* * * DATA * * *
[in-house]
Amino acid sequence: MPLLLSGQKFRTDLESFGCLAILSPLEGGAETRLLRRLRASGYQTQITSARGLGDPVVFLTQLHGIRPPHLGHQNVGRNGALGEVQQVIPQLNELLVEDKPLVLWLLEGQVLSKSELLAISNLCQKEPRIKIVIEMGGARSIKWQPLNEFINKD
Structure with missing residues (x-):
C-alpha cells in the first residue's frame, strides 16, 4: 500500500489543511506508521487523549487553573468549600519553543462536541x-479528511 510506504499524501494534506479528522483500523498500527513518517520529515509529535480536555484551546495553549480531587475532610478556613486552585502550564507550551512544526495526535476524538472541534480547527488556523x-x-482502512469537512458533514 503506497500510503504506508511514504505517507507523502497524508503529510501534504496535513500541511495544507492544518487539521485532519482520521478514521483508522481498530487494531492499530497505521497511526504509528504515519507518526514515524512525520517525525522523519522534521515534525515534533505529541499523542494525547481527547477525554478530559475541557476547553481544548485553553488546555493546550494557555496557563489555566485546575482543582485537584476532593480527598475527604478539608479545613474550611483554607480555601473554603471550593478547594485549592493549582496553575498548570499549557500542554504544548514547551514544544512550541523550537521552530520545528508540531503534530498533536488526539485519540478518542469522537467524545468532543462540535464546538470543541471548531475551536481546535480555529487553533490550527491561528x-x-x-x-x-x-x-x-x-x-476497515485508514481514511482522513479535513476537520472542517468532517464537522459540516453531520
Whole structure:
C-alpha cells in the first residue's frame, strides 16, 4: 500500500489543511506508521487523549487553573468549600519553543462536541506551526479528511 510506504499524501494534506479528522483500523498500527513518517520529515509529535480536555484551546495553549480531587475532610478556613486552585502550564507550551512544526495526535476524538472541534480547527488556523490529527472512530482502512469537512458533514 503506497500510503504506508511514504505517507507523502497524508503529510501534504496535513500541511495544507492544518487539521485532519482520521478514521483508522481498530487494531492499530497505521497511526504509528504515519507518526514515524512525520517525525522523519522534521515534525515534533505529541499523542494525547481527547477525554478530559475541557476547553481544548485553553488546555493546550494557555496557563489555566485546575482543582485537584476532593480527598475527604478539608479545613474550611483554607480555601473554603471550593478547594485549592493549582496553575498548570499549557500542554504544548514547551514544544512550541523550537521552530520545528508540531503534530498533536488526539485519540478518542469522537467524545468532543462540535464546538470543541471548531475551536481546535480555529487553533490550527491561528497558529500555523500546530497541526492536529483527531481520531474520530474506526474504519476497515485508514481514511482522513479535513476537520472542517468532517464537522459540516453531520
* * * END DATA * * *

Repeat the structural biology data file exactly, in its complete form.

[in-house]
Amino acid sequence: MPLLLSGQKFRTDLESFGCLAILSPLEGGAETRLLRRLRASGYQTQITSARGLGDPVVFLTQLHGIRPPHLGHQNVGRNGALGEVQQVIPQLNELLVEDKPLVLWLLEGQVLSKSELLAISNLCQKEPRIKIVIEMGGARSIKWQPLNEFINKD
Structure with missing residues (x-):
C-alpha cells in the first residue's frame, strides 16, 4: 500500500489543511506508521487523549487553573468549600519553543462536541x-479528511 510506504499524501494534506479528522483500523498500527513518517520529515509529535480536555484551546495553549480531587475532610478556613486552585502550564507550551512544526495526535476524538472541534480547527488556523x-x-482502512469537512458533514 503506497500510503504506508511514504505517507507523502497524508503529510501534504496535513500541511495544507492544518487539521485532519482520521478514521483508522481498530487494531492499530497505521497511526504509528504515519507518526514515524512525520517525525522523519522534521515534525515534533505529541499523542494525547481527547477525554478530559475541557476547553481544548485553553488546555493546550494557555496557563489555566485546575482543582485537584476532593480527598475527604478539608479545613474550611483554607480555601473554603471550593478547594485549592493549582496553575498548570499549557500542554504544548514547551514544544512550541523550537521552530520545528508540531503534530498533536488526539485519540478518542469522537467524545468532543462540535464546538470543541471548531475551536481546535480555529487553533490550527491561528x-x-x-x-x-x-x-x-x-x-476497515485508514481514511482522513479535513476537520472542517468532517464537522459540516453531520
Whole structure:
C-alpha cells in the first residue's frame, strides 16, 4: 500500500489543511506508521487523549487553573468549600519553543462536541506551526479528511 510506504499524501494534506479528522483500523498500527513518517520529515509529535480536555484551546495553549480531587475532610478556613486552585502550564507550551512544526495526535476524538472541534480547527488556523490529527472512530482502512469537512458533514 503506497500510503504506508511514504505517507507523502497524508503529510501534504496535513500541511495544507492544518487539521485532519482520521478514521483508522481498530487494531492499530497505521497511526504509528504515519507518526514515524512525520517525525522523519522534521515534525515534533505529541499523542494525547481527547477525554478530559475541557476547553481544548485553553488546555493546550494557555496557563489555566485546575482543582485537584476532593480527598475527604478539608479545613474550611483554607480555601473554603471550593478547594485549592493549582496553575498548570499549557500542554504544548514547551514544544512550541523550537521552530520545528508540531503534530498533536488526539485519540478518542469522537467524545468532543462540535464546538470543541471548531475551536481546535480555529487553533490550527491561528497558529500555523500546530497541526492536529483527531481520531474520530474506526474504519476497515485508514481514511482522513479535513476537520472542517468532517464537522459540516453531520